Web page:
people is far harder than acting in front of people. Singing the love songs
helps though, because viscerally it is so immediate. I use music as an actor. In
my trailer I listen to songs to get in the right mood for a scene or sometimes Iíll
ask the director to play certain jazz or classical music depending on what is
right for the character. This was about using the music in the scene and singing
and acting. For this, I learned to read music and did scales and then threw it
out of the window because Baz said, Ďno, I want it to come from your heartí.
Were you a fan of musicals?
Baz made me watch all the great musicals, studying Rita Hayworth and Marilyn
and Cyd Charisse and Ginger and Marlene, and I have the utmost respect for them
all now. I used to love Katharine Hepburn but now although I still do, my hat
goes off to these other women who could sing and dance and act - they were
phenomenal. It also opened up a whole new door for me because before, my parents
liked musicals and I thought, Ďoh yeah, rightí but now Iíve watched a lot
and I appreciate the talent it takes to make a great musical. I love them now.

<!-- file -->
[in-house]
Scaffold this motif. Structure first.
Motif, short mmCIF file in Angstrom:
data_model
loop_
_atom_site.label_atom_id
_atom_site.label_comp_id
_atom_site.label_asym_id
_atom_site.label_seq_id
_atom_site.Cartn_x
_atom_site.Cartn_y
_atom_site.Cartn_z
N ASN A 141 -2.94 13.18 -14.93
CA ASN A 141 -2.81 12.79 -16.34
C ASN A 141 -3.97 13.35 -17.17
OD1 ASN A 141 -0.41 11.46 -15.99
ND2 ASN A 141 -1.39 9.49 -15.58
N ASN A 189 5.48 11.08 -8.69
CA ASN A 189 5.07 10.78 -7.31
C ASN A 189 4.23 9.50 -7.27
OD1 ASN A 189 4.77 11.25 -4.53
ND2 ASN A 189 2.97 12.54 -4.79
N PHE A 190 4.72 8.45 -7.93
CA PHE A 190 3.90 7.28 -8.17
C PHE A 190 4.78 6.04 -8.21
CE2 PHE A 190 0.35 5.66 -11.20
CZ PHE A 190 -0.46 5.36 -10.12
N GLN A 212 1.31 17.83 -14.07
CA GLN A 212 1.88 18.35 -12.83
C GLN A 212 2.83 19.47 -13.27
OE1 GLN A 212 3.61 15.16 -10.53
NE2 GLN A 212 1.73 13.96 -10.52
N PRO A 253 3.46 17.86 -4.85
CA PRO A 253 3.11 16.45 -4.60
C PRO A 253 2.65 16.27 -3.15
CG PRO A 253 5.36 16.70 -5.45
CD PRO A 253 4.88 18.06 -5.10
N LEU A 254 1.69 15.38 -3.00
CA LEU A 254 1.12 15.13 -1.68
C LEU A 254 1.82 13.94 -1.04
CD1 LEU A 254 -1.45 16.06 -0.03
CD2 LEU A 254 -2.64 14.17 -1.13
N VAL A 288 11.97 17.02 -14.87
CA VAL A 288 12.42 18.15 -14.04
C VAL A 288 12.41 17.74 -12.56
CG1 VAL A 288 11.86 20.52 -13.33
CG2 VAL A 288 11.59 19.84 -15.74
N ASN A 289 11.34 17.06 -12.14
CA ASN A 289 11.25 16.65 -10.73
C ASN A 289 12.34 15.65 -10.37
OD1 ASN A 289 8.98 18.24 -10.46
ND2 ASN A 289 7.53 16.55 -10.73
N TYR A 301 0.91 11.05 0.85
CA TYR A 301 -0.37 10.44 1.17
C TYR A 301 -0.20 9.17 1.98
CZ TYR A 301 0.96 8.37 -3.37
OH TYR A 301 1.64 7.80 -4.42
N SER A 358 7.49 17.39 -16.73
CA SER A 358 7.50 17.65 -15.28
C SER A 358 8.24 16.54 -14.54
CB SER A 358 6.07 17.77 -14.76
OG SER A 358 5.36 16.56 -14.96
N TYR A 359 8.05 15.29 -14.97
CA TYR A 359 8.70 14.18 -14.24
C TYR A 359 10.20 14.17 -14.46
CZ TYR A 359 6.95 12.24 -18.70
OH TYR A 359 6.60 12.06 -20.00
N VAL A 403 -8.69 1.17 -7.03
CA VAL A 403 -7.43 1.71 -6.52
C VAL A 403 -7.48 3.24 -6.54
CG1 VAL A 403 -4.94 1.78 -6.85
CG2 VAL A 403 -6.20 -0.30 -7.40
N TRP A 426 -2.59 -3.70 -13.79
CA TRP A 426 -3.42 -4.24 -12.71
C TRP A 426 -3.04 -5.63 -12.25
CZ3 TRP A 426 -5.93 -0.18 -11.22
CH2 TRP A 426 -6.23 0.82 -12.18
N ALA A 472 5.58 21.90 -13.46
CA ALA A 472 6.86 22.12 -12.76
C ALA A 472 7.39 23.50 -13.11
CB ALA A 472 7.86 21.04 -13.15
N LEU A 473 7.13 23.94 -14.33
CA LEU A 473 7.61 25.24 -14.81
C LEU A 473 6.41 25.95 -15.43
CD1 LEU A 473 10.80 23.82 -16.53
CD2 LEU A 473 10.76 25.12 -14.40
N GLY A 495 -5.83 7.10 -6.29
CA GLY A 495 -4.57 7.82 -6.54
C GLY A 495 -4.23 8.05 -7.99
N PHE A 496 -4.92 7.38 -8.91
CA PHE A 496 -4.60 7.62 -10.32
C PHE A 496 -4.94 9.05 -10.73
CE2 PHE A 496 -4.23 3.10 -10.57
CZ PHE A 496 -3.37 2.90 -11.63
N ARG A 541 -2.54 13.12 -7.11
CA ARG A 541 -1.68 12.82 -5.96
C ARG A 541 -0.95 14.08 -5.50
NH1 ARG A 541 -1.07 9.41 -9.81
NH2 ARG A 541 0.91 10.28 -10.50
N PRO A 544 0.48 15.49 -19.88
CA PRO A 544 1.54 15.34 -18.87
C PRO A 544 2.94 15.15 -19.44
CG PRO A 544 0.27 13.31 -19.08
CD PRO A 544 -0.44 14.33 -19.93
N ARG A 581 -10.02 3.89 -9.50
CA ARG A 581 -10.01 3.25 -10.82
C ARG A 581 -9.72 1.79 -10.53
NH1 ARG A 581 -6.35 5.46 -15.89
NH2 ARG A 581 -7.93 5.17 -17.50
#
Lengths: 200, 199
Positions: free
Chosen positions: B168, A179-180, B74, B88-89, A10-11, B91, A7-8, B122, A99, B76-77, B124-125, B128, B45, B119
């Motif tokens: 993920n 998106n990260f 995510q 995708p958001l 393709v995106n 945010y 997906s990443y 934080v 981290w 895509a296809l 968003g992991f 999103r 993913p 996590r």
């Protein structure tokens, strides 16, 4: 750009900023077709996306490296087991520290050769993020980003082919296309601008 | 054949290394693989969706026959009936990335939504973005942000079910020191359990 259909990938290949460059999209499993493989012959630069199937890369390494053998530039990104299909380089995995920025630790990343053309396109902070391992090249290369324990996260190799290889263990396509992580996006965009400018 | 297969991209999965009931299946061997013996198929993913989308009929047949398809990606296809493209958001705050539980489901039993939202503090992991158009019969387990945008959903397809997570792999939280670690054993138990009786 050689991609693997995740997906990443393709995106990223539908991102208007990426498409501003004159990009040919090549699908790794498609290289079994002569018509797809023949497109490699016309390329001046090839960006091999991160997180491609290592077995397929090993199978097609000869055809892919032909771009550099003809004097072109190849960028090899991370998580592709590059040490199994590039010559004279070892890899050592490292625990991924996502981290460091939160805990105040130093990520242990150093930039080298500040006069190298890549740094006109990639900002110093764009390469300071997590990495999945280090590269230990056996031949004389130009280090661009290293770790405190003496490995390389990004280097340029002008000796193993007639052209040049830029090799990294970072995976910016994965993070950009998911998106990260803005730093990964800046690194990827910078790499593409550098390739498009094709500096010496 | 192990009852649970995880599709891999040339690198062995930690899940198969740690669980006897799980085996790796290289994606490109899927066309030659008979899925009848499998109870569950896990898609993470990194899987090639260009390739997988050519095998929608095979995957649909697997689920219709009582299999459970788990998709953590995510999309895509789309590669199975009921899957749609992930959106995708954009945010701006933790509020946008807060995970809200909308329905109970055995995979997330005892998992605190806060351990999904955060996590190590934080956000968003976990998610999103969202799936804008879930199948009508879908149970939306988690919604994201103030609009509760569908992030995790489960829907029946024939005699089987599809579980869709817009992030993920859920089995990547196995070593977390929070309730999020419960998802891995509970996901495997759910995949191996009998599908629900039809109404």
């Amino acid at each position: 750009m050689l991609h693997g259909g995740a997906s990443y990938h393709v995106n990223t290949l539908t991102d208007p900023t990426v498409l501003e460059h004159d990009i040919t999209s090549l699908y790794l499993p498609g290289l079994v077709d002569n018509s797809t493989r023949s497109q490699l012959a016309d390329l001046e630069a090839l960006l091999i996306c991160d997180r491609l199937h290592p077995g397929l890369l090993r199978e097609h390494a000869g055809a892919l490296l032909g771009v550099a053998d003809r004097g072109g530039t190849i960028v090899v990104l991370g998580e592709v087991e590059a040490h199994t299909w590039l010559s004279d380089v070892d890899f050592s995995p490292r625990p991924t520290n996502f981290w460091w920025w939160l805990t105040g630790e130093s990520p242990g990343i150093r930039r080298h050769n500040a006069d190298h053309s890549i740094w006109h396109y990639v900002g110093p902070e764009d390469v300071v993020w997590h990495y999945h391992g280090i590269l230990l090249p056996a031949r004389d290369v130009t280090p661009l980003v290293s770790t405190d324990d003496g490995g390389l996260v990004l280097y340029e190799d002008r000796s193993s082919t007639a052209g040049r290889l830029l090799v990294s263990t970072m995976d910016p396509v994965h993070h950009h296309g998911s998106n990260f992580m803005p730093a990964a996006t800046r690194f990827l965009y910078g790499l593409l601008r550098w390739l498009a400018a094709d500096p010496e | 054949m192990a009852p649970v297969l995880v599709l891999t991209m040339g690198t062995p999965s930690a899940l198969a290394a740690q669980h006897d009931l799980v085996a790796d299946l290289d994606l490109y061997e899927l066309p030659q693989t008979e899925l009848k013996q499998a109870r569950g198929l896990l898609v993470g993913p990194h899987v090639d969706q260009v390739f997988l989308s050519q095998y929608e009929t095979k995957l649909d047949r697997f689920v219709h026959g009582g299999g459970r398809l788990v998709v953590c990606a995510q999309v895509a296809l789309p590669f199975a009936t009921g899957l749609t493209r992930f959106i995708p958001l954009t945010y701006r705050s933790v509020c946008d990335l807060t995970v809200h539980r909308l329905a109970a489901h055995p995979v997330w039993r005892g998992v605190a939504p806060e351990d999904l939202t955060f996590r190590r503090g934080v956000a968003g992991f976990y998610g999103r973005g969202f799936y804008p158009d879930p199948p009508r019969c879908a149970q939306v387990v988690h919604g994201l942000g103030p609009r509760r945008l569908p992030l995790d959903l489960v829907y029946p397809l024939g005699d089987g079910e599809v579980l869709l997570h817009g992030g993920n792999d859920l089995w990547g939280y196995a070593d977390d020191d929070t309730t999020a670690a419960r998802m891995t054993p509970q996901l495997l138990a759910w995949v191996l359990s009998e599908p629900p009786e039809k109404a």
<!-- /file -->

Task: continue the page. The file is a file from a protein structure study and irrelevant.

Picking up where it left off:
How did you balance working on a movie as time-consuming as Moulin Rouge with
being a mother?
As Baz says, when youíre an actor itís like being in a circus in a weird
way, particularly making Moulin Rouge. Weíd work weird hours so Iíd have the
kids out there all the time and all my family. I took it for granted, like it
was normal, and then my father was in the trailer once and said, Ďthis is
weirdí when he saw me in these glamorous costumes cooking tuna melt for my
kids! Thatís the thing about being a working mother though. Luckily I have two
kids who are very tolerant. They would love to come on the set because it was
such a spectacle for them and Isabella knows all the songs. Itíll be great for
them to look back in about ten years time and have those memories, I think.
How did you prepare for the physical challenge of the role?
I flew back a month early and weíd have dance lessons each day, Ewan and
me doing salsa or mambo, and then weíd go to our singing class and then our
two hours with Baz doing improv so it was like being at drama school! You have
to give Baz six months prior to shooting, where he will not let you work for
anyone else, and I was also determined to do my own dancing and trapeze stuff
because I didnít want anyone doing my stunts. At one point I was 70 feet up in
the air on a trapeze for two days singing to men in top hats below and that was
cool! But I called up Baz prior to starting and said, ĎI think you are going
to have to recast, youíve made a big mistake, there is no way my voice will be